Some of their most prominent projects in Detroit include driving over 1 million dollars in revenue for Cobo Center through the sale of the digital spectacular video boards at Congress and Washington and assisting the Downtown Detroit Partnership with the expansion of the MOGO public bike-share system.  In addition, Brooklyn Outdoor is one of the founding sponsors of Murals in the Market. This festival is responsible for producing more than 200 art installations and murals in Detroit’s historic Eastern Market and beyond. The response and impact to these murals has been major for Detroit’s tourism industry.

Brooklyn Outdoor’s efforts in community involvement will continue to grow with the upcoming installation of sixty, brand new bus shelters across Detroit. The installation of these new bus shelters will provide brand, new revenue for the city through a pilot advertising program on the bus shelters, increase safety for the bus system, and provide infrastructure to the neighborhoods. The entrepreneurial spirit of locally-owned businesses like Brooklyn Outdoor are what make Detroit unique among other cities and keep the region running at full speed.

Connecting to Community: DRRC and Let’s Detroit Luncheon Offers Insight on Talent Retention and Attraction

“How do we introduce people to a region that has a spectrum of opportunities, not only in diverse industries but in viable career pathways that will be supported by massive institutions?” said John Paul Rea, deputy county executive at Macomb County.

On Friday, March 29 the Detroit Regional Chamber hosted the Detroit Regional Relocation Council (DRRC), a local resource for global mobility solutions, for the 2019 First Quarter DRRC Educational Luncheon Program.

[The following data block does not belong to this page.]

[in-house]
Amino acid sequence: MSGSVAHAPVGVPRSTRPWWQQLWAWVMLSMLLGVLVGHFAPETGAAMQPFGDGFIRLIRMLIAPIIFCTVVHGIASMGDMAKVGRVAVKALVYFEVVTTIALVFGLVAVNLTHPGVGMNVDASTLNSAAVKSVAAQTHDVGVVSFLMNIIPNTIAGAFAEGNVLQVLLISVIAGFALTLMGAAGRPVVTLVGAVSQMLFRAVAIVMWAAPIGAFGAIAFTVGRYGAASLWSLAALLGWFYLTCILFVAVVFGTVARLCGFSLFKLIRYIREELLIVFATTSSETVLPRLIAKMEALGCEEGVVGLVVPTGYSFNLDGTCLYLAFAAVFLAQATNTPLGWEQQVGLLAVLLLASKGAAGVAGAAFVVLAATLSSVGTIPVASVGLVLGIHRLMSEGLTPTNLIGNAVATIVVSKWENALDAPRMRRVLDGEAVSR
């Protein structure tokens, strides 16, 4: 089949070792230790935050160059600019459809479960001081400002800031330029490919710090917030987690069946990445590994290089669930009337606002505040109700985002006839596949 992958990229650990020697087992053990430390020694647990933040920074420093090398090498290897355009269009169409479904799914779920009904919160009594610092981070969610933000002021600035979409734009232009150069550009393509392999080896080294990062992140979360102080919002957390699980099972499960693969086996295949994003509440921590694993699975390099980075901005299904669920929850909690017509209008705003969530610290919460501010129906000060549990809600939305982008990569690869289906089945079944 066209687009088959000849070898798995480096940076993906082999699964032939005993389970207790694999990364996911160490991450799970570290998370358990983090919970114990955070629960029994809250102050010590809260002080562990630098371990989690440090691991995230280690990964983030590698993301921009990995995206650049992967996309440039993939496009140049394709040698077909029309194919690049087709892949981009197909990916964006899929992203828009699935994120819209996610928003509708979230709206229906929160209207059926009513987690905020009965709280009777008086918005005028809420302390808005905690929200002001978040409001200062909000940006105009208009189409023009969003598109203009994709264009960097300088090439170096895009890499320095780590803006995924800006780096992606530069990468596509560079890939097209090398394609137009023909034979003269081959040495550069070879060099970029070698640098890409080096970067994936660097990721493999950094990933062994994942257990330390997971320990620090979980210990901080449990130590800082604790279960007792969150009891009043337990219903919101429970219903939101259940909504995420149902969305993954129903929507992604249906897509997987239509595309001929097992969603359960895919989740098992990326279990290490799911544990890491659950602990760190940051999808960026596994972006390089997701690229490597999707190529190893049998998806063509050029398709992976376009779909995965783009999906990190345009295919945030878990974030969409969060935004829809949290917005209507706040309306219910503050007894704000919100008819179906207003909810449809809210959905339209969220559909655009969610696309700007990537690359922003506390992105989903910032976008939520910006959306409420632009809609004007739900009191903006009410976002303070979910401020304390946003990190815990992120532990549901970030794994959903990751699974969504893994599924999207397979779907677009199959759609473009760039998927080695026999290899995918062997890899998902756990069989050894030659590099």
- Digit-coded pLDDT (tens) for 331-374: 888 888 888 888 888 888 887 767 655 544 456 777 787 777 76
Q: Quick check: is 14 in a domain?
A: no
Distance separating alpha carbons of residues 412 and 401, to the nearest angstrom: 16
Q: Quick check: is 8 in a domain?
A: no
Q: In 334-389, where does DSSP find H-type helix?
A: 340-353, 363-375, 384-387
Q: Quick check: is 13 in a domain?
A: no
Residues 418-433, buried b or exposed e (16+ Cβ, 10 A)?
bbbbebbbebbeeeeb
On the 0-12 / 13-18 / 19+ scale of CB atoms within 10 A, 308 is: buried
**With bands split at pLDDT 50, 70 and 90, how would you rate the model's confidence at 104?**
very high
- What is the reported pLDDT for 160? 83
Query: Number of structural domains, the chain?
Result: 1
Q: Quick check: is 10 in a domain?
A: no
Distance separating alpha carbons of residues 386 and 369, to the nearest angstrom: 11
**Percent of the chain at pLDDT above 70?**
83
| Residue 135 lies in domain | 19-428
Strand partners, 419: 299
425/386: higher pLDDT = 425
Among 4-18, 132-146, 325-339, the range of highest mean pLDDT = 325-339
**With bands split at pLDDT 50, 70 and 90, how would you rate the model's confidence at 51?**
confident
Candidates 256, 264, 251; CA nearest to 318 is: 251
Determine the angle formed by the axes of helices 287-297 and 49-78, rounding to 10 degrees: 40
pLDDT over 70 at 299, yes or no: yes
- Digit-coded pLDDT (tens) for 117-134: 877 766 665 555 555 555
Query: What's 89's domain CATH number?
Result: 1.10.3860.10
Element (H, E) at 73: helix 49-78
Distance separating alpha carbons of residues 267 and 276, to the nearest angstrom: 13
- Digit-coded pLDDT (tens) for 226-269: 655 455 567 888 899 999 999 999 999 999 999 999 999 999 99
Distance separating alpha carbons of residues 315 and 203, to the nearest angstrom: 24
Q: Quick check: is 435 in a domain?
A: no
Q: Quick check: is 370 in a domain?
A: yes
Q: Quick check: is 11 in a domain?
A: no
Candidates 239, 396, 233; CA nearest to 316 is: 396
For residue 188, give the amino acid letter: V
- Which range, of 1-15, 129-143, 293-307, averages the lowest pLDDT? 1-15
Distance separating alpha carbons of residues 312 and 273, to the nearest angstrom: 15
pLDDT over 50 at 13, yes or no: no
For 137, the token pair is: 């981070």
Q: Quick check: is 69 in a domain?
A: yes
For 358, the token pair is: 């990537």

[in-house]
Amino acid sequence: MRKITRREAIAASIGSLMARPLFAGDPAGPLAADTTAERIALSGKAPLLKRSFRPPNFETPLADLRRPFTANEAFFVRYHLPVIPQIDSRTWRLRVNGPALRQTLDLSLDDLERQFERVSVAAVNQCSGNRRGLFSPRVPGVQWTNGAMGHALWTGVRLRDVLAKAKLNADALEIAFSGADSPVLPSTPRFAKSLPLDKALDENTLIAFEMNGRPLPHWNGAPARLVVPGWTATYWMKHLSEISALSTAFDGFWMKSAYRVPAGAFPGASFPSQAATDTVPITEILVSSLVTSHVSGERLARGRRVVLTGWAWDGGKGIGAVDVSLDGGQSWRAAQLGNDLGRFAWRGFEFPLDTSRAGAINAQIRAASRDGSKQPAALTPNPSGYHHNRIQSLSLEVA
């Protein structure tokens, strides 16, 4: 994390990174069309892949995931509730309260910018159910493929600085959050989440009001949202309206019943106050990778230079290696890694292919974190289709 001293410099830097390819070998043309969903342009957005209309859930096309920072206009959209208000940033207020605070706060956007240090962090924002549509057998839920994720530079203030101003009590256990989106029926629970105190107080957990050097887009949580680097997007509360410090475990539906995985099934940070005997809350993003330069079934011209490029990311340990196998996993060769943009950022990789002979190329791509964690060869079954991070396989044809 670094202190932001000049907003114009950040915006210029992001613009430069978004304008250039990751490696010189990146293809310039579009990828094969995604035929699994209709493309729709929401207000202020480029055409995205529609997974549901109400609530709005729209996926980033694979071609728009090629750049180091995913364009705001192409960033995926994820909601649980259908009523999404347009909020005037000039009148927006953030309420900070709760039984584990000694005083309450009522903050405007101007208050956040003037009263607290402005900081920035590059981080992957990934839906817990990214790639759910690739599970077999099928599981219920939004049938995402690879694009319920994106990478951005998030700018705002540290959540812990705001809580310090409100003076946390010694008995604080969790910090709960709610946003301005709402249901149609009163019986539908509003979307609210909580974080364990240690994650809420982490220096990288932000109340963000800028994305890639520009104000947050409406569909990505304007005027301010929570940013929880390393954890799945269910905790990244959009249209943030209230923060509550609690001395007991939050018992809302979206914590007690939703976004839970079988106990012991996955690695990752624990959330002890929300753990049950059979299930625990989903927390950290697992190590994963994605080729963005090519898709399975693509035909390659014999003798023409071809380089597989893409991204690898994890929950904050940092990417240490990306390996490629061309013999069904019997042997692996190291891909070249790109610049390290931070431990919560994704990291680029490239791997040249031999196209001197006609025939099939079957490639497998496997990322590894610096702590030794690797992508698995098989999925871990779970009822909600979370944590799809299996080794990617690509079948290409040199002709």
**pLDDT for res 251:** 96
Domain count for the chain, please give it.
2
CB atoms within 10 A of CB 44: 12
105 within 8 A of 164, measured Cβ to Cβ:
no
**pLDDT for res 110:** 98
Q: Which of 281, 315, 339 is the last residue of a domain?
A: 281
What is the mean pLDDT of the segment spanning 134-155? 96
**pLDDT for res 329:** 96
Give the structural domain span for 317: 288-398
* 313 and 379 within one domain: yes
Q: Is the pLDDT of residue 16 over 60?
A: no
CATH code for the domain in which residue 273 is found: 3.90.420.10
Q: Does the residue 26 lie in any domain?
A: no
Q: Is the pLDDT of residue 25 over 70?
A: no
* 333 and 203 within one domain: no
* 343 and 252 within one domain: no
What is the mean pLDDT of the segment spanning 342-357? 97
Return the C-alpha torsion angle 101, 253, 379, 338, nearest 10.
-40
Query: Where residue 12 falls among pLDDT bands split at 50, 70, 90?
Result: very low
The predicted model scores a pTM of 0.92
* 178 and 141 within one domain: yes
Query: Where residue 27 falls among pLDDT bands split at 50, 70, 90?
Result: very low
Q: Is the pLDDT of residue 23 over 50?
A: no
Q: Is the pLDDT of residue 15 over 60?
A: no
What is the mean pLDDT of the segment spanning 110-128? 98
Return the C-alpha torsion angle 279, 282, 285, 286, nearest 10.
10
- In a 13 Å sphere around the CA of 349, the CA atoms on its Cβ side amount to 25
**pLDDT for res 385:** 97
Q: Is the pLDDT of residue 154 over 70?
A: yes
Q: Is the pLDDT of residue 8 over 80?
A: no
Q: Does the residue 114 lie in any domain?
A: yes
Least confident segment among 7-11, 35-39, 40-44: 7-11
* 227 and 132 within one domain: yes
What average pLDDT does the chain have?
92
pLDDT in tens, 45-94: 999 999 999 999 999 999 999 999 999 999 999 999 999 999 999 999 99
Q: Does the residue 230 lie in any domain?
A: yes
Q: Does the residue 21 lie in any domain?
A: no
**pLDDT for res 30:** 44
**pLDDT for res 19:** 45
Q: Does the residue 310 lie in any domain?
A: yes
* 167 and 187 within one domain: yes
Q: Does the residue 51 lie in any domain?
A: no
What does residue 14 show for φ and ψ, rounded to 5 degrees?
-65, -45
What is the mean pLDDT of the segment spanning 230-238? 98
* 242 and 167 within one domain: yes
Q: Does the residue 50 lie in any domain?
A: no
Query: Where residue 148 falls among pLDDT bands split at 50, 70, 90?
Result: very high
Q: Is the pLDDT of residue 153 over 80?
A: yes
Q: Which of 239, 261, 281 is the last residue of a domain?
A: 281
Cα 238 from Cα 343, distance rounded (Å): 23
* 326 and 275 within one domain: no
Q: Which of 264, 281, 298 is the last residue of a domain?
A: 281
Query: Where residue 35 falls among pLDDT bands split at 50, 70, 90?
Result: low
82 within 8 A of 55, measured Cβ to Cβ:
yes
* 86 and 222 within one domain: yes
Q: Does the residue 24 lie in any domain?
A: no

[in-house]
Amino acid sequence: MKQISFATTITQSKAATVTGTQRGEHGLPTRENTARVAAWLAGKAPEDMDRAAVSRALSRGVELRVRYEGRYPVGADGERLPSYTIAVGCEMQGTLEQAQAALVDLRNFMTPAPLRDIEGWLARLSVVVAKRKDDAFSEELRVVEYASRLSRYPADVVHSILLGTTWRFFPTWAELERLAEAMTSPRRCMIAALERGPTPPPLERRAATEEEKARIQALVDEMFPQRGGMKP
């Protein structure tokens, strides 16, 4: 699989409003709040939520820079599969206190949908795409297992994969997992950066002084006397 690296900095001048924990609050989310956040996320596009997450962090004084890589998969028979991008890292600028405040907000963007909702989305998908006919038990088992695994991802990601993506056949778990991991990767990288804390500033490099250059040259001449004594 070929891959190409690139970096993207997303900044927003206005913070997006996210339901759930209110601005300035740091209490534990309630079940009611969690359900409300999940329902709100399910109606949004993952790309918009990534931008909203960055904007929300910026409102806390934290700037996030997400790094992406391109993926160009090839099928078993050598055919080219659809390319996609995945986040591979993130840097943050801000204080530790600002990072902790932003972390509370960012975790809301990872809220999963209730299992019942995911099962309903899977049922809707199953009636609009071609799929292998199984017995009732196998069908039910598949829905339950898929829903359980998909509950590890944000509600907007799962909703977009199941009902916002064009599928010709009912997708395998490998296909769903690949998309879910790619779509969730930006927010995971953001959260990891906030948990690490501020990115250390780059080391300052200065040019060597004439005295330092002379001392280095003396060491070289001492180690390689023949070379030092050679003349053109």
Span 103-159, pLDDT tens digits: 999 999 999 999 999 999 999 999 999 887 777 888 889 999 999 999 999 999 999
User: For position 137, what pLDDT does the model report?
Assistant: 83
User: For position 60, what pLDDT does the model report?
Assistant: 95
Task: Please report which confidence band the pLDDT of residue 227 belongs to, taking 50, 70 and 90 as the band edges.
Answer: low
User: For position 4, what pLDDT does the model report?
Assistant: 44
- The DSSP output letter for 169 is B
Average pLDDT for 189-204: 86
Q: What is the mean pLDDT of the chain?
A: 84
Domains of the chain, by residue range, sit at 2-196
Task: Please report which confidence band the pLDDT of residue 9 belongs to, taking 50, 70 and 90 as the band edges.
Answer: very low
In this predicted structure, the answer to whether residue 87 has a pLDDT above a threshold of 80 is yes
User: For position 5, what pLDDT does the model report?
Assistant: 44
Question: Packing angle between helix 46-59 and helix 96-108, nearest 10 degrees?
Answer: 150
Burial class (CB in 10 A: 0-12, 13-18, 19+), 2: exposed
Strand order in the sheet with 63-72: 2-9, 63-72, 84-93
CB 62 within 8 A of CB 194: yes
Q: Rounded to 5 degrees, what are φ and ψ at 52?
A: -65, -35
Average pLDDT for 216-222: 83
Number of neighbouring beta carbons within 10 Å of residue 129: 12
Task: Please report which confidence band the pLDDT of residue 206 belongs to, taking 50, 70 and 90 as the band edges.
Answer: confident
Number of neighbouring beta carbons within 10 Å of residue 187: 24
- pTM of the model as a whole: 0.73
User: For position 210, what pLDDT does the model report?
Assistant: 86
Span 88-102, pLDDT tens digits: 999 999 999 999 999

The meeting was an opportunity to share Let’s Detroit, a talent retention and cultivation program of the with the mission to increase retention of college graduates by 1% each year, helping achieve the Chamber’s goal of boosting postsecondary education attainment in the region to 60 percent by 2030—a goal shared by Gov. Whitmer. Panelists also shared a range of county-level talent retention and attraction tools with the attendees in the room: DRRC membership, corporate relocation managers, and relocation service providers in Southeast Michigan.

During the first panel, Rea and Jennifer Llewellyn, manager at Oakland County Workforce Department and Oakland County Michigan Works! discussed regional talent retention and attraction strategies and resources, like supporting the immigrant and refugee population, connecting young learners to diverse industries, capitalizing on regional partnerships, and more.

In the following panel, Let’s Detroit ambassadors, Ford Motor Company’s Jordan Butler, General Motor’s Hind Ourahou, and Ally’s Tim Gerstenberger spoke about their experiences as young professionals who have relocated to Detroit. From why they moved to the region in the first place to how they’ve adjusted, the panelists shared their personal stories and emphasized how relocation professionals can use the Let’s Detroit platform help out-of-state professionals quickly and deeply connect to the community around them.

“I was more comfortable because I had pillars,” said Ourahou. “It’s important that when you land in a new place that you have some sort of orientation.”

To that end, Let’s Detroit is a tool that can help newcomers build those pillars, by connecting them to people and communities across the region so they can grow their professional network, find engagement opportunities, and make a positive impact in the community.